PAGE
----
“It’s a very interesting discussion, and a discussion that often comes up,” said Brian Hehir, chairman of the Friends of Harvard Football, an alumni fundraising group, and the captain of the 1974 team. Like head coach Tim Murphy and countless Harvard alums, Hehir views this year’s nationally televised season-ending game against a 140-year rival like Yale at a packed Harvard Stadium (capacity 30,000) as a unique capstone to a season, with the conference championship on the line. ESPN is even bringing its College GameDay show to the banks of the Charles this Saturday, giving the game a measure of big-time atmosphere that is often lacking on campus. Just once this season was Harvard Stadium even half-full for a game.
Yet Hehir also can’t help but wonder how the Crimson would fare against the rest of college football now that the players are virtually unrecognizable from the teammates of his day. “They are bigger, faster, taller, stronger and able to leap tall buildings in a single bound,” he says.
The offensive line, led by the 6-foot-7, 295-pound junior tackle Cole Toner, an NFL prospect, averages 6-foot-5 and 287 pounds. Jim Bell, the executive producer of NBC’s Olympic coverage and an All-Ivy League defensive lineman for Harvard in 1988, said he often watches games and thinks he’d “probably get killed” if he tried to play today.
Schools like Stanford and Notre Dame long ago proved that top-notch football can prosper in a prestigious academic institution. Likewise, the level of all Ivy League athletes has risen significantly the past 25 years, as the schools have begun to put more emphasis on producing elite teams to go along with world-class academics.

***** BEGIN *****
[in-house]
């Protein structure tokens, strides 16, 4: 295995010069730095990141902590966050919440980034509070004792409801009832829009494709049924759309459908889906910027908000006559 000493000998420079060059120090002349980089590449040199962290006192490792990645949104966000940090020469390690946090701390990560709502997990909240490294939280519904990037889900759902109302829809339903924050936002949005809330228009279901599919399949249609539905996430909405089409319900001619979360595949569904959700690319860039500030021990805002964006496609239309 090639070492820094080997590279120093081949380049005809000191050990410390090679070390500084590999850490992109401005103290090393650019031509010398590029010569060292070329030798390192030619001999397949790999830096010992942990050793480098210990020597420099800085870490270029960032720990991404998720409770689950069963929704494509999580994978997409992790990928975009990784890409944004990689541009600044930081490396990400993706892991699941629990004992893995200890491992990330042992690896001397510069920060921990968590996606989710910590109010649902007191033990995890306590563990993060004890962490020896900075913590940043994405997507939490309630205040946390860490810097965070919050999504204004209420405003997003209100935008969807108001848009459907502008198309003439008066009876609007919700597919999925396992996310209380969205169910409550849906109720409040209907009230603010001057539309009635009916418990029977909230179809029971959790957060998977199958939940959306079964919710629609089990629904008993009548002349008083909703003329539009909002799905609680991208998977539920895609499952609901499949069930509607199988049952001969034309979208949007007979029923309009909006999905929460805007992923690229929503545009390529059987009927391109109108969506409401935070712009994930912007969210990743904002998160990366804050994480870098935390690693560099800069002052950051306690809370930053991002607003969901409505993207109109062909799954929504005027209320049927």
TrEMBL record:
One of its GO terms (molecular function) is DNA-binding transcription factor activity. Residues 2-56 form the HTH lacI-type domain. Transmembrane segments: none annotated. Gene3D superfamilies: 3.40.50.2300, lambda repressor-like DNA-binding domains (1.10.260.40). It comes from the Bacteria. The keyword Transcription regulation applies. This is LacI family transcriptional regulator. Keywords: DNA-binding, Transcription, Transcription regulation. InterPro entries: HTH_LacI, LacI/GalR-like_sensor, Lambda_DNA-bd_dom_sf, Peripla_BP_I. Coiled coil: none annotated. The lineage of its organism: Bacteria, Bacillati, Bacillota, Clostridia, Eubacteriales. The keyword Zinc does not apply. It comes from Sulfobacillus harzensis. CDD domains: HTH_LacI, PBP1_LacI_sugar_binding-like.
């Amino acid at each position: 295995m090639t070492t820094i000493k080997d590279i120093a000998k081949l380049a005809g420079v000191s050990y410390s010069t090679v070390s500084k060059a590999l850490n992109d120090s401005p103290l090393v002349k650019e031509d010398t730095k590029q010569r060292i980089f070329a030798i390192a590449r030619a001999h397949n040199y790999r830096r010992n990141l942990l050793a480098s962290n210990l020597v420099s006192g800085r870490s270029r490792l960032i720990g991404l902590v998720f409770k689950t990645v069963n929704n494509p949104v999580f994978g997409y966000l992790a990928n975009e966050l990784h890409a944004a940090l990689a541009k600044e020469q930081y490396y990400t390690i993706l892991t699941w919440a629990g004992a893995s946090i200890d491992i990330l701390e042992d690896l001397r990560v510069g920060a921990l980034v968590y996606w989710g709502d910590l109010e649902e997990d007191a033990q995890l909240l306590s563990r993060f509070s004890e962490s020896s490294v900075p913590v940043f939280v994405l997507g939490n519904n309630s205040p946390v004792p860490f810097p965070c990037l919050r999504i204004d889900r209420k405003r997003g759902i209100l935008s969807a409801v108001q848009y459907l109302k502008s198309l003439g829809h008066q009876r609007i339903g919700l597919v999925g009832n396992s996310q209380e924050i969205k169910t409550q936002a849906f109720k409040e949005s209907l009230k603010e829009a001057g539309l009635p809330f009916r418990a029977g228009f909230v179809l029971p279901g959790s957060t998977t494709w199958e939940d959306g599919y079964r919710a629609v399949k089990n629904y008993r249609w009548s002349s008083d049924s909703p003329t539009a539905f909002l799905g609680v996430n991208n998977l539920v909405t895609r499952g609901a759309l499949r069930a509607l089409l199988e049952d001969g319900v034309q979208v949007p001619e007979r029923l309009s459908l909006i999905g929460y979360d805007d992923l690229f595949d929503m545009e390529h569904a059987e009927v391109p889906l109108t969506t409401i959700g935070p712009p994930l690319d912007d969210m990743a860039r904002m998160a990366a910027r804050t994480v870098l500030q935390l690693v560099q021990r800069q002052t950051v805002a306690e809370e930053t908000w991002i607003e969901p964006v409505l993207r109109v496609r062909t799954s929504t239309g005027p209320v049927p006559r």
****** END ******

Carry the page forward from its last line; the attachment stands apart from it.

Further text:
In 2013, Yale won the NCAA hockey championship. Abbey D’Agostino, a 2014 Dartmouth graduate, won seven track and cross-country national championships during her college career. Yale football beat Army this season, the first Ivy League win against a Football Bowl Subdivision team since 1986.
For years, the Ivy League appeared hamstrung because they don’t provide athletic scholarships, choosing to award financial aid based only on need. During the past decade though, the eight historic universities —Brown, Columbia, Cornell, Dartmouth, Harvard, Princeton, Yale and Penn—have drawn on their multibillion endowments and investment income to expand financial aid.